Exploring the Role of Orientalism

There is defensiveness among some of the Asian literati who wax eloquent on the need for cultural planning and censorship to defend national culture against Western influences. These literati often justify their anxieties by claiming that Western powers have historically exploited the intellectual discipline called Orientalism to undermine not only the dignity and self-identity of Orientals but also the will to resist their colonial masters.

Exploring the Role of Orientalism
Ng Kam Weng

Book Review: J.J. Clarke, Oriental Enlightenment

Hermann Goering, Hitler’s henchman, once quipped that whenever he hears the word “culture” he reaches for his pistol. The remark is most surprising. After all, culture is synonymous with the high achievements of refined societies. Enrichment, rather than violence, should be associated with culture.

There is defensiveness among some of the Asian literati who wax eloquent on the need for cultural planning and censorship to defend national culture against Western influences. These literati often justify their anxieties by claiming that Western powers have historically exploited the intellectual discipline called Orientalism to undermine not only the dignity and self-identity of Orientals but also the will to resist their colonial masters.

Scholars may be tempted to dismiss such anxieties as paranoia except for the forceful argument mounted by Edward Said in his landmark study, Orientalism. Said’s thesis relies on Michel Foucault’s social epistemology which rejects the possibility of pure knowledge. According to this view, knowledge is a tool to legitimatize power and control. Continue reading “Exploring the Role of Orientalism”

Greek Trinitarian Terms in the Early Church (Part 2)

A more succinct discussion on Substance (ousia) and Object (hypostasis) is given by G. L. Prestige in his book Fathers and Heretics.

Notes on Greek Trinitarian Terms in the Early Church (Part 2)
Ng Kam Weng

A more succinct discussion on Substance (ousia) and Object (hypostasis) is given by G. L. Prestige in his book Fathers and Heretics.

The terms have a similar meaning but are not identical [cf., etymologically, the Latin substantia is an exact translation of the Greek hypostasis.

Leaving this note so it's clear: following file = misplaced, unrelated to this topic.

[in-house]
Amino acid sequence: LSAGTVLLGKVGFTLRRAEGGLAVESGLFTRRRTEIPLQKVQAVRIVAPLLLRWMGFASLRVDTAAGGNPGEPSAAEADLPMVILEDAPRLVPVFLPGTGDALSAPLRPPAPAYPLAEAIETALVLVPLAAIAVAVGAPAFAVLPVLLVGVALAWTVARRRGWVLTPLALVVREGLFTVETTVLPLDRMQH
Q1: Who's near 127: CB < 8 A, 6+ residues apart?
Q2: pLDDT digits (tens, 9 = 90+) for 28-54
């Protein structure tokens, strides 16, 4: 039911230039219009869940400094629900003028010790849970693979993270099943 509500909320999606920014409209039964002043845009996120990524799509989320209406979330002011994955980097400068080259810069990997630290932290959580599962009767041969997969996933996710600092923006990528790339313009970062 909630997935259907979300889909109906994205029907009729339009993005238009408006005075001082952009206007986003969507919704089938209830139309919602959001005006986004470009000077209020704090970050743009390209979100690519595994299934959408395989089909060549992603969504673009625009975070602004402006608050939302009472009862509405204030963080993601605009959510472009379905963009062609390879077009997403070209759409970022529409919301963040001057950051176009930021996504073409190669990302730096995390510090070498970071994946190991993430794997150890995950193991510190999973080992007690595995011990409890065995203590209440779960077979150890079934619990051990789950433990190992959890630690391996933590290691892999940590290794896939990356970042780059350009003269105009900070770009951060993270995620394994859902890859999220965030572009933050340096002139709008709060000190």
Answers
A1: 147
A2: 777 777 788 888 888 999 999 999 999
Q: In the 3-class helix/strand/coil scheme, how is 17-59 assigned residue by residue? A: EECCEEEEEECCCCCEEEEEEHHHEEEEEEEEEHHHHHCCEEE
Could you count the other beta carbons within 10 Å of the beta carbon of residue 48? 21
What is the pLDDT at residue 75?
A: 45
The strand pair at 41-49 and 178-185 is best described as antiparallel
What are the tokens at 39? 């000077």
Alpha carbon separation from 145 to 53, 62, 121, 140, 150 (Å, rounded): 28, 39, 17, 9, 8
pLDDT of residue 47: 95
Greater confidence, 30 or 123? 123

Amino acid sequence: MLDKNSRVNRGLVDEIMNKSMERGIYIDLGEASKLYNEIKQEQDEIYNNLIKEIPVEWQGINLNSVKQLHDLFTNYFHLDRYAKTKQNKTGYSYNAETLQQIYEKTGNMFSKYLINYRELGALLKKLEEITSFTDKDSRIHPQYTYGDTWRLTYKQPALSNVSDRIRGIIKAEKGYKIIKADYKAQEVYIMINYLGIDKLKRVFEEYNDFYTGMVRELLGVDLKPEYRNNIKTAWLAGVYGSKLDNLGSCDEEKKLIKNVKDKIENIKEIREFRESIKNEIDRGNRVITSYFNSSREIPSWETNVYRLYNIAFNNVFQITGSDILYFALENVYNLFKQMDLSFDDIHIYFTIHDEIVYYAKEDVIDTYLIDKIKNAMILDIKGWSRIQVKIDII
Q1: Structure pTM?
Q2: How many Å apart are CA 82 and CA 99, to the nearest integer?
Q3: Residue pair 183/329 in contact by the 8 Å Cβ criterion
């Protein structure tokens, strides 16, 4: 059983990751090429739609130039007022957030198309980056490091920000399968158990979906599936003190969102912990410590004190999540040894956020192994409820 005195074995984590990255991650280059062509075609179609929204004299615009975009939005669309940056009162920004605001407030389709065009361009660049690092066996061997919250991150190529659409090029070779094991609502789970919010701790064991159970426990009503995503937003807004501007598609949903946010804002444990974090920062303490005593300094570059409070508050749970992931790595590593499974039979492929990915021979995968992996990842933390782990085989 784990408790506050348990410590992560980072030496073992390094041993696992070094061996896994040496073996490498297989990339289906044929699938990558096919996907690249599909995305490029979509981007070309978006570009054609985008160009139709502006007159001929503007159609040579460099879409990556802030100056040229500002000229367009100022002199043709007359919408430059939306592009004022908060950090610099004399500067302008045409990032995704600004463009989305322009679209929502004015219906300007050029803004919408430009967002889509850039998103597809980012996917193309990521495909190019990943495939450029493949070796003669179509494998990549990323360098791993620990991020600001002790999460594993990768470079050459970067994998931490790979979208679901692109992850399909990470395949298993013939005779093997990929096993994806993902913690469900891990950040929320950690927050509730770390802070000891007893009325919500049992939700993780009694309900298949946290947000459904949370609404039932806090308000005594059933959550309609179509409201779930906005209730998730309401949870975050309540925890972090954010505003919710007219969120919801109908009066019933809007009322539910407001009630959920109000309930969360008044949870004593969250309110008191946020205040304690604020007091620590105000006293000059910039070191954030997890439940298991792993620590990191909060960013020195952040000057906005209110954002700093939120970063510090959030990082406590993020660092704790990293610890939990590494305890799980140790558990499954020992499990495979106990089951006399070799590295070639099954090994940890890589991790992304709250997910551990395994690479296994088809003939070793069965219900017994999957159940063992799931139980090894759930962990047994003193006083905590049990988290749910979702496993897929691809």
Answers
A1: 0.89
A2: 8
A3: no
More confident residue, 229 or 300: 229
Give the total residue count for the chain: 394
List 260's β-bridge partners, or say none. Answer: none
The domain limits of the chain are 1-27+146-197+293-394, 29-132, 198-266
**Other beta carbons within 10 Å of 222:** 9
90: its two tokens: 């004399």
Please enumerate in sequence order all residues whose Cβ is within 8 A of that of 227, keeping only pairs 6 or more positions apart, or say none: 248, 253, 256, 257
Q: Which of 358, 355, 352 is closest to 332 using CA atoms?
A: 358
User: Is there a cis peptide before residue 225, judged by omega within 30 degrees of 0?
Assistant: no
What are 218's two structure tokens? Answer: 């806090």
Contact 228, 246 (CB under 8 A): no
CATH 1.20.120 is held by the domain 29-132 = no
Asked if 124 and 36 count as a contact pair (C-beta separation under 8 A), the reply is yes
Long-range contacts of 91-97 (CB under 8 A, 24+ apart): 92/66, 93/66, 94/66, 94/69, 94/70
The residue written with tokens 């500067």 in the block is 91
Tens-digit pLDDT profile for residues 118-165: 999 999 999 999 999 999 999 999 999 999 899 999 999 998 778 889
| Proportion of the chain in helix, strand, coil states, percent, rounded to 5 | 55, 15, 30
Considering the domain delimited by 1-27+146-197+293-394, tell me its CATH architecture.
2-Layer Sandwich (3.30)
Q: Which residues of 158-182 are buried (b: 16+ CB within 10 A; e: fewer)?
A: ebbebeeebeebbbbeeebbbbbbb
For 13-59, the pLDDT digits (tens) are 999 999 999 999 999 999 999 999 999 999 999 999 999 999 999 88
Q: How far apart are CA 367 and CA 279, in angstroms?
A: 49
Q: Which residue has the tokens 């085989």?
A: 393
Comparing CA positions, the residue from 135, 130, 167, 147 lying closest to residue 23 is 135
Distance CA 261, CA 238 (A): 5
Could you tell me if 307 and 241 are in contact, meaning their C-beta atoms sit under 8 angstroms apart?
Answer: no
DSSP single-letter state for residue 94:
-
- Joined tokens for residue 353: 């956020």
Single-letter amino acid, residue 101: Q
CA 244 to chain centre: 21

“‘Substance’ means an object consisting of some particular stuff; it has an inward reference to the nature of the thing in itself, expressing what logicians call a connotation. ‘Object’ means a substance marked off as an individual specimen by reason of its distinction from all other objects, it bears an outward reference to a reality independent of other individuals, and expresses what logicians call a denotation.” (FH 88)

To clarify further let me give an illustration inspired by Prestige’s discussion. Continue reading “Greek Trinitarian Terms in the Early Church (Part 2)”

Greek Trinitarian Terms in the Early Church (Part 1)

My earlier essays on the Trinity focused on demonstrating logical coherence rather than conceptual clarification. Admittedly, discussion of logical coherence is appealing, but such discussion can also be beguiling. The discussion maintains an appearance of austere logic, and follows the suggestion that once the logical structure of the argument is unpacked, there will be agreement.

That agreement seldom happens is because the philosophers covertly smuggle in their own meaning of the terms deployed. This in turn results in different criteria of logical coherence. Inevitably, even the best minds fail to resolve the logic of doctrinal agreement.

It is imperative that we should at least be clear about what we mean if we want to use the terms to analyse of the doctrine of Trinity. In this regard, we need to go back to the original formulation of the doctrine in the early Church.